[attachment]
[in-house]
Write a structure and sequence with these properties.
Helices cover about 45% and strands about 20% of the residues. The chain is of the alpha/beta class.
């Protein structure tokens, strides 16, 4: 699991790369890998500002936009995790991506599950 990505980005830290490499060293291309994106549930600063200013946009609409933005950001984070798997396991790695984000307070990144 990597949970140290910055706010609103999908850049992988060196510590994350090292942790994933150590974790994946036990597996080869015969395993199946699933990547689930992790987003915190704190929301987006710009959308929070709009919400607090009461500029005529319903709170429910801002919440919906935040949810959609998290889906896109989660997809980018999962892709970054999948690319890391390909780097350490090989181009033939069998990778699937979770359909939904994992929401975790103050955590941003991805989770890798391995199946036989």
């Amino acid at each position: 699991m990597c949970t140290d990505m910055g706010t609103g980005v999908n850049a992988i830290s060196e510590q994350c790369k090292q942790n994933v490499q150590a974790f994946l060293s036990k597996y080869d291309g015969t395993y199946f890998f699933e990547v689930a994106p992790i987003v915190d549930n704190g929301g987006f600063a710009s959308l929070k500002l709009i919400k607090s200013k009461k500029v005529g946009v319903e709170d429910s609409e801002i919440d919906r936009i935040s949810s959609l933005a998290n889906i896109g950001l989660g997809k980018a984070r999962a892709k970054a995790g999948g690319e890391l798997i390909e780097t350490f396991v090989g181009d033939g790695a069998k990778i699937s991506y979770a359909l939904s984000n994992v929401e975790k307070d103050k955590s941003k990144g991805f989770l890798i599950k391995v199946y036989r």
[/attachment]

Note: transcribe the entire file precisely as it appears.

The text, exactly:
[in-house]
Write a structure and sequence with these properties.
Helices cover about 45% and strands about 20% of the residues. The chain is of the alpha/beta class.
């Protein structure tokens, strides 16, 4: 699991790369890998500002936009995790991506599950 990505980005830290490499060293291309994106549930600063200013946009609409933005950001984070798997396991790695984000307070990144 990597949970140290910055706010609103999908850049992988060196510590994350090292942790994933150590974790994946036990597996080869015969395993199946699933990547689930992790987003915190704190929301987006710009959308929070709009919400607090009461500029005529319903709170429910801002919440919906935040949810959609998290889906896109989660997809980018999962892709970054999948690319890391390909780097350490090989181009033939069998990778699937979770359909939904994992929401975790103050955590941003991805989770890798391995199946036989």
């Amino acid at each position: 699991m990597c949970t140290d990505m910055g706010t609103g980005v999908n850049a992988i830290s060196e510590q994350c790369k090292q942790n994933v490499q150590a974790f994946l060293s036990k597996y080869d291309g015969t395993y199946f890998f699933e990547v689930a994106p992790i987003v915190d549930n704190g929301g987006f600063a710009s959308l929070k500002l709009i919400k607090s200013k009461k500029v005529g946009v319903e709170d429910s609409e801002i919440d919906r936009i935040s949810s959609l933005a998290n889906i896109g950001l989660g997809k980018a984070r999962a892709k970054a995790g999948g690319e890391l798997i390909e780097t350490f396991v090989g181009d033939g790695a069998k990778i699937s991506y979770a359909l939904s984000n994992v929401e975790k307070d103050k955590s941003k990144g991805f989770l890798i599950k391995v199946y036989r």